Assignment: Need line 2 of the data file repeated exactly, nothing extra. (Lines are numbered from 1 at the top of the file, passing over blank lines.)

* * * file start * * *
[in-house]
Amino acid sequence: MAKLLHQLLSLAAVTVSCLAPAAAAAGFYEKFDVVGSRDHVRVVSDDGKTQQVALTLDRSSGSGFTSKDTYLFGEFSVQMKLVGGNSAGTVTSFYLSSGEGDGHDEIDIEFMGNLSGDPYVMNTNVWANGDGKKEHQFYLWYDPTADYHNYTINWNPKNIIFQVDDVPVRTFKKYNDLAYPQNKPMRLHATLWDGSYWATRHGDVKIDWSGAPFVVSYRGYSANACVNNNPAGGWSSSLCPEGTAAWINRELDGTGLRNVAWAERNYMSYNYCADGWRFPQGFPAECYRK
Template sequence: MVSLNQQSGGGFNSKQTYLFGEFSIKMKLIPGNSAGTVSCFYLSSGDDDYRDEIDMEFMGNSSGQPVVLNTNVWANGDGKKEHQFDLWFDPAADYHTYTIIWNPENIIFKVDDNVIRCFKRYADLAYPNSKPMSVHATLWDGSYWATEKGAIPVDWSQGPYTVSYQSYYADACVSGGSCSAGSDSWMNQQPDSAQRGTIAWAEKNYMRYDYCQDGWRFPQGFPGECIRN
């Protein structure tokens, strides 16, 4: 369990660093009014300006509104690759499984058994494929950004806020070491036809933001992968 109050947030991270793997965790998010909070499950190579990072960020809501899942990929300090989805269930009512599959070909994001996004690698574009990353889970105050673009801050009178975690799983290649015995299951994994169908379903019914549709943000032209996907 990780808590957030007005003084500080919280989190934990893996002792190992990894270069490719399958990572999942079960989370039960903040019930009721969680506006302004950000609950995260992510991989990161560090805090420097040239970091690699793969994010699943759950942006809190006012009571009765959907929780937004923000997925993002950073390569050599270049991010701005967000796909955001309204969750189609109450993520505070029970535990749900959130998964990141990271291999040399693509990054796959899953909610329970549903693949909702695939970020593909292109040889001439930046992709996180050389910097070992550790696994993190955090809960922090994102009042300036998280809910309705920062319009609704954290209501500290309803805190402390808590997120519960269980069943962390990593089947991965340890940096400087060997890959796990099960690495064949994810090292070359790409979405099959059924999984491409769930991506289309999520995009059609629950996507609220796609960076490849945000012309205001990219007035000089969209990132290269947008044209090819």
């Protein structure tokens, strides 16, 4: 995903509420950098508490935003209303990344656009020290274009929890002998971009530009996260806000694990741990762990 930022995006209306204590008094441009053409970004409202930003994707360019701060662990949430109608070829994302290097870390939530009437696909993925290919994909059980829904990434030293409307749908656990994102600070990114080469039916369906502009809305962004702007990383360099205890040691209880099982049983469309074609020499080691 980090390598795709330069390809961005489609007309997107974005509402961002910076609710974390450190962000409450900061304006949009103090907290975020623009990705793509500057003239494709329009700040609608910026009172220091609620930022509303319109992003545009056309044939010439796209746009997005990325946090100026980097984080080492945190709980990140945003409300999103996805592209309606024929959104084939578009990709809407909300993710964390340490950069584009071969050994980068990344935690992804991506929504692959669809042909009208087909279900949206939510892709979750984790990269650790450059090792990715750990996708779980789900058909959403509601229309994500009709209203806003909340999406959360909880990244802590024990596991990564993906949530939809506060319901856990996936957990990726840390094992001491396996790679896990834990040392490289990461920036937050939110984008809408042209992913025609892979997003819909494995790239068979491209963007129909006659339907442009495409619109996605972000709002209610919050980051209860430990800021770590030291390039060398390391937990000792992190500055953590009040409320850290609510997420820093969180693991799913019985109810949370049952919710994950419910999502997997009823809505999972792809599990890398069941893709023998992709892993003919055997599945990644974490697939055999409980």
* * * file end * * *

Amino acid sequence: MAKLLHQLLSLAAVTVSCLAPAAAAAGFYEKFDVVGSRDHVRVVSDDGKTQQVALTLDRSSGSGFTSKDTYLFGEFSVQMKLVGGNSAGTVTSFYLSSGEGDGHDEIDIEFMGNLSGDPYVMNTNVWANGDGKKEHQFYLWYDPTADYHNYTINWNPKNIIFQVDDVPVRTFKKYNDLAYPQNKPMRLHATLWDGSYWATRHGDVKIDWSGAPFVVSYRGYSANACVNNNPAGGWSSSLCPEGTAAWINRELDGTGLRNVAWAERNYMSYNYCADGWRFPQGFPAECYRK